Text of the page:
Since the lifting of Western sanctions in Burma (also known as Myanmar) has become a popular place to visit. It has some incredible temples, rivers, lakes and stunning landscapes. When planning a trip to Myanmar try venturing out a little and explore the villages, the local ,markets, and local places to eat and tea houses. If you visit around the time of a full moon day you will see virus festivals and parades in monasteries. Check out this Myanmar Travel Guide.
Kyaiktiyo Paya (Golden Rock)
Kyaiktiyo Paya is one of the most iconic locations and also one of its most important Buddhist sites in Myanmar. This small pagoda on a golden rock with gilded, it was made by male pilgrims to the site.The golden rock is on top of a larger rock – to get tot he top you will need to hike up hill from a town called Kinpun. The full track is approx 11 miles and takes approx 4-5 hours. There are some transport options to reach the top such as trucks. Please be aware of the strict dress code when visiting this temple.
Yangon (formerly often known as Rangoon) is o longer be the country’s capital city but it is still considered by many to be its main centre in Myanmar. The golden pagoda is the city’s main landmarks. The are lots of beautiful old colonial building to see and Yangon is considered a photographers dream. The city is rich in culture and history. If you explore further afield you can visit Kandawgyi Lake, Hledan Market and the huge marble Buddha (Kyauk Taw Gyi).
Once of the most breathtaking sites in the world which has over 2000 Buddhist structures. You can take a hot air balloon to see this vast site covers with beautiful ancient temples and buildings. Bagan has numerous historical buildings, temples, and an old palace. Bagan is particularly beautiful at sunset. If you want to explore the area fully you will need several days here. The site is over 26 square miles, and has the Irrawaddy river running through it. The temples were built around 1057-1287 by the kings of pagan. Today you will find approx 2230 temples of the original 4450 temples that once stood there. The area has been preserved and restored by UNESCO. if you heading to Bagan check out The Backpackers Travel Guide To Bagan.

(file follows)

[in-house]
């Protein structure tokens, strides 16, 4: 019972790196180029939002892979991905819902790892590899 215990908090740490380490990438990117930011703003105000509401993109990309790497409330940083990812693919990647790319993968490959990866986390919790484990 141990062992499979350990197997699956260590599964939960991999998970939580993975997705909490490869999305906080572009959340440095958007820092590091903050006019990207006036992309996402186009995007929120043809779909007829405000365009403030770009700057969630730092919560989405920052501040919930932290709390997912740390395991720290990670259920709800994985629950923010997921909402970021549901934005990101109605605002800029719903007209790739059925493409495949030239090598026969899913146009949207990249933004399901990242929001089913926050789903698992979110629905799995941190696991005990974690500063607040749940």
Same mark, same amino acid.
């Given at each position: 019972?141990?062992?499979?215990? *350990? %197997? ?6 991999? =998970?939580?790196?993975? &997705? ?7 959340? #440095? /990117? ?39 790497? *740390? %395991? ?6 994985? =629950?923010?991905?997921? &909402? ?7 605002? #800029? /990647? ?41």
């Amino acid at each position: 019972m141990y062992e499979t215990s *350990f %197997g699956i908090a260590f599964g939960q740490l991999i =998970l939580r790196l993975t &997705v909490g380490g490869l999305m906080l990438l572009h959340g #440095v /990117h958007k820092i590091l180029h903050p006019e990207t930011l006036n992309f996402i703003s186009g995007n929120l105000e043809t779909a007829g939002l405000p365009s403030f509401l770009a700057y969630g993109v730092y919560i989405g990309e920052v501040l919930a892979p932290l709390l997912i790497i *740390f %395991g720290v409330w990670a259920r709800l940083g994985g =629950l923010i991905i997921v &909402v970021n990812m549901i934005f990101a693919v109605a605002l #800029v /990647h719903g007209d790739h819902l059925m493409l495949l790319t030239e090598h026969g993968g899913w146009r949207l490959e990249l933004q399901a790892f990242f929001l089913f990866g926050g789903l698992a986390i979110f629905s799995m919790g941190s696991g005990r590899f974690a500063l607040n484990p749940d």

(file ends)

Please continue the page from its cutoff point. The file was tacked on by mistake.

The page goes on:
Mandalay is a young city that was established around 1857 and t has grown into a busy and interesting city. It is known to be the cultural centre of the country. in Mandalay you can see many traditional shows and it is a great place to buy traditional arts and crafts. The neighbourhood around Mandalay are definitely worth exploring to see the hustle and bustle of this city as well as lots of historical sites and buildings, such as temples, mosques. You can also climb the Mandalay hill for stunning views of Mandalay, where you also find many religious sites. Bikes are available to explore the area.
Inle Lake is one of the highlights of visiting Myanmar, the natural beauty of this area is a must see. There are may villages lining the bank s of this lake and you can see the traditional fisherman and visit its local markets. You can take a scenic boat trip around to see more off the beaten track areas along the lake.
Legend has it that the Shwedagon Pagoda is 2,500 years old, but archaeologists estimate it was first built by the Mon sometime between the 6th and 10th centuries (i.e. during the Bagan period). The pagoda emerges from legend into history in 1485, which is the date of an inscription near the top of the eastern stairway that tells the story of Shwedagon in three languages (Pali, Mon, and Burmese). The great Schwedagon Pagoda stands on a platform covering over 5 hectares on a hill 58m above sea level. It can be seen from virtually anywhere in the city.
If you manage to climb the 777 steps to the top of Mount Popa Monastery – you will be treated with stunning views over the area. Beware the walk up is home to hundreds of monkeys who appear to guard the monsters on your way up, they are not shy in taking any food and items from your bags or pockets, so keep things after and locked of you can. You ca take a day trip here from Bagan which takes about 1 hour. The monastery is built on top of extinct volcano.
The Gawdawpalin Pahto was begun during the reign of Sithu II (or Narapatisithu, 1174-1211) and completed during the reign of his successor, Nadaungmya (or Htilominlo, 1211-1234). It is one of the larger (it is actually Bagan’s second tallest) and most imposing of the Bagan temples. The Gawdawpalin a large east facing two-story temple set on a low platform in the centre of a walled enclosure with four gateways. It is located just to the north of the present Archaeological Museum.